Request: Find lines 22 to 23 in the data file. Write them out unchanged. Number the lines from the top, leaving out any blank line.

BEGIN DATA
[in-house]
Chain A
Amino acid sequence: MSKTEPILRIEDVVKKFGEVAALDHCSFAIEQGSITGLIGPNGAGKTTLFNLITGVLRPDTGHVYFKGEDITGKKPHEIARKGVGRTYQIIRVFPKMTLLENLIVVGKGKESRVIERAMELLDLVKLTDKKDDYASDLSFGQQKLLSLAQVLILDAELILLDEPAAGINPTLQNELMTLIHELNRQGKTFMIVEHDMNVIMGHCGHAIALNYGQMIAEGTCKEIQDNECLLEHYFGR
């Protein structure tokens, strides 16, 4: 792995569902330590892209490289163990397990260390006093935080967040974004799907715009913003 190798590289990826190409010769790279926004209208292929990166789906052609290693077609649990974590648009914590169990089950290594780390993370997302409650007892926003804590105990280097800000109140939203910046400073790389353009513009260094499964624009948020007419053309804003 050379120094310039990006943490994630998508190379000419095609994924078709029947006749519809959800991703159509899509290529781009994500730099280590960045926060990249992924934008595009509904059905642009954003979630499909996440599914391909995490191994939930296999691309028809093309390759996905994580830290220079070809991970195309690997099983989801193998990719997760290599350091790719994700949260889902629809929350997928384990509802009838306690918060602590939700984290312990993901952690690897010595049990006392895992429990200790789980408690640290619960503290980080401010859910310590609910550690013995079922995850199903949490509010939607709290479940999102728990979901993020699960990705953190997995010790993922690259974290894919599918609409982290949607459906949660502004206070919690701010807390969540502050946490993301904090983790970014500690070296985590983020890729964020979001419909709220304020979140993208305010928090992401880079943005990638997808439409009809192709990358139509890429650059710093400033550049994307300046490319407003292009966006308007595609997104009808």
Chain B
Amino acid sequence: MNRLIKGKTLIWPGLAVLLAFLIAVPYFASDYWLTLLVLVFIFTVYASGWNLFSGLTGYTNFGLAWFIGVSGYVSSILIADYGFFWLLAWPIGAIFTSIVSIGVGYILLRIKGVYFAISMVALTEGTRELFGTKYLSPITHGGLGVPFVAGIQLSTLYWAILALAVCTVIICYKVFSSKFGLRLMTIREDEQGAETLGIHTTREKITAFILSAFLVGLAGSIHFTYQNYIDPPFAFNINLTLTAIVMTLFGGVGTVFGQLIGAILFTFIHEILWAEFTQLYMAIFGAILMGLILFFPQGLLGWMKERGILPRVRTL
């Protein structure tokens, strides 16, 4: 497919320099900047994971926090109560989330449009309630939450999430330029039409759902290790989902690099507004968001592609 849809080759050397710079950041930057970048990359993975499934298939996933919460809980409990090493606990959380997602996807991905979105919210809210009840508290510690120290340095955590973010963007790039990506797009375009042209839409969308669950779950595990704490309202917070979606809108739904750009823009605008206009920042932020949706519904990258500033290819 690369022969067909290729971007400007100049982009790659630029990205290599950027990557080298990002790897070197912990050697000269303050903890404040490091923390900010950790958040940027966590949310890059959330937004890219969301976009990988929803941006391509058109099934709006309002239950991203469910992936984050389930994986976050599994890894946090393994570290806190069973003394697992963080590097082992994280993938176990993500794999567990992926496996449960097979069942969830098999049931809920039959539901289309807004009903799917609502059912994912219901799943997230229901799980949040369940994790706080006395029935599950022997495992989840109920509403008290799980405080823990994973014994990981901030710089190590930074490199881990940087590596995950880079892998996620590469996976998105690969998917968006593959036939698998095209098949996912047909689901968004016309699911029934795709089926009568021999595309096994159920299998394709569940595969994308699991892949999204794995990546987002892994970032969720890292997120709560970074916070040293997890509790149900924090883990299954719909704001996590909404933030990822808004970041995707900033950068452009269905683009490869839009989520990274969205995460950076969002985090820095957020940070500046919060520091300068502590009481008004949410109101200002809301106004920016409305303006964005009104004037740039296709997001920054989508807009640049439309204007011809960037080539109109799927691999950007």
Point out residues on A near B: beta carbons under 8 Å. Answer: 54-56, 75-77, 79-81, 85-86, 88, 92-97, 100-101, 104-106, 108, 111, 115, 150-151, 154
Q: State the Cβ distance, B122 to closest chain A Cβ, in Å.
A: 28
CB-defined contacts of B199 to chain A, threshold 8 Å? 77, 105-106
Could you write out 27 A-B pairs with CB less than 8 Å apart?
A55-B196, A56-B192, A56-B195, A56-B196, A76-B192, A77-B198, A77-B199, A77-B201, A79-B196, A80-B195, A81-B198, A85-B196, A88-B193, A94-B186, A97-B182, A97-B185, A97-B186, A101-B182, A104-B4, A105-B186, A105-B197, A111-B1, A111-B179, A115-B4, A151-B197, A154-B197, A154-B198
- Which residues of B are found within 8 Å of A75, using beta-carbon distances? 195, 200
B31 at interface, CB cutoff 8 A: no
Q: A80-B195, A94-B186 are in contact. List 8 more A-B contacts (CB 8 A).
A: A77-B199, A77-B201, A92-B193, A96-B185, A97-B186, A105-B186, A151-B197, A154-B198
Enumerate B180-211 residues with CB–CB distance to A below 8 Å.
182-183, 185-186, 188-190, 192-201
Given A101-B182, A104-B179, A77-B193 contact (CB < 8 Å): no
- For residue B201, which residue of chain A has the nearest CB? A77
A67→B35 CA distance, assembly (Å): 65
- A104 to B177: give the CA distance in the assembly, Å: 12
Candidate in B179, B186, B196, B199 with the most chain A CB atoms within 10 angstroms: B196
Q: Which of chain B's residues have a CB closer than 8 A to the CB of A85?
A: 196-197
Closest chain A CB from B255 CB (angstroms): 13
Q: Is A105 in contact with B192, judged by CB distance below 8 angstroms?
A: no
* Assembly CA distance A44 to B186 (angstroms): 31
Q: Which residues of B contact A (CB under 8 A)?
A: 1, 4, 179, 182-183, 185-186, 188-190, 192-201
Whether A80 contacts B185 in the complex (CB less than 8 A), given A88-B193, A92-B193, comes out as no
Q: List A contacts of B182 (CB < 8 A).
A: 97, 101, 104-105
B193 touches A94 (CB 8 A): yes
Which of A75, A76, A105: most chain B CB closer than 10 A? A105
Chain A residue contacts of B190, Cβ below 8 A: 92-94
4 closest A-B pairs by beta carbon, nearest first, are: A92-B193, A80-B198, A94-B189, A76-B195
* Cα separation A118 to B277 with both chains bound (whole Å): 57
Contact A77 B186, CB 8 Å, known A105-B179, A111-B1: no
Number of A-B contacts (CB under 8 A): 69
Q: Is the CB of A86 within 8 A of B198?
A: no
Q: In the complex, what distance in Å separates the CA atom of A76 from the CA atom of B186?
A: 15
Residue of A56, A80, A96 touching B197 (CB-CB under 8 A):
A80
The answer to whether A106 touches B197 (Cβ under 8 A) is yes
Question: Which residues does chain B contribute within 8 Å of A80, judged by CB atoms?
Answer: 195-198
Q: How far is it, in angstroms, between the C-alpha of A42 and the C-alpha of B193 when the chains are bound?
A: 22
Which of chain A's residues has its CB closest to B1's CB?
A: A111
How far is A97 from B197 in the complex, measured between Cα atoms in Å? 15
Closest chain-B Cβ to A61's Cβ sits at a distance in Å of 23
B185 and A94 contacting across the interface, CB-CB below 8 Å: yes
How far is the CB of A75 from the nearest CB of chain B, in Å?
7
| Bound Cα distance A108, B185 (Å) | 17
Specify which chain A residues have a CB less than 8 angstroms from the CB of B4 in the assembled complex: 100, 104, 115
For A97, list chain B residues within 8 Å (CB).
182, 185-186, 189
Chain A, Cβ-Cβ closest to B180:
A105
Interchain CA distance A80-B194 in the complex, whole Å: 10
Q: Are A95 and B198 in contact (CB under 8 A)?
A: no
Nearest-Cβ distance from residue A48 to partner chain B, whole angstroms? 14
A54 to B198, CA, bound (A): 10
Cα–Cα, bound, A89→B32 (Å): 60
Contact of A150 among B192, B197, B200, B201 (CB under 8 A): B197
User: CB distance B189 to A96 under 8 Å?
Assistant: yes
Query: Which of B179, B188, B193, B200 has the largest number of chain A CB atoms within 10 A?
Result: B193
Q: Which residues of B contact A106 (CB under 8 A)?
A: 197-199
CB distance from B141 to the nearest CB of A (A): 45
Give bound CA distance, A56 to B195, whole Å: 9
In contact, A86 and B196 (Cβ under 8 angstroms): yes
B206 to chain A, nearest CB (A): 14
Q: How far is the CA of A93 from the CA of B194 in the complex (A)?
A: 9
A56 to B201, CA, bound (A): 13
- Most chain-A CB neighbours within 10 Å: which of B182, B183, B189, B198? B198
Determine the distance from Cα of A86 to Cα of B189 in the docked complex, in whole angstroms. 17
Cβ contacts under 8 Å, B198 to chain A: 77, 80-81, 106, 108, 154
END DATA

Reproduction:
A67→B35 CA distance, assembly (Å): 65
- A104 to B177: give the CA distance in the assembly, Å: 12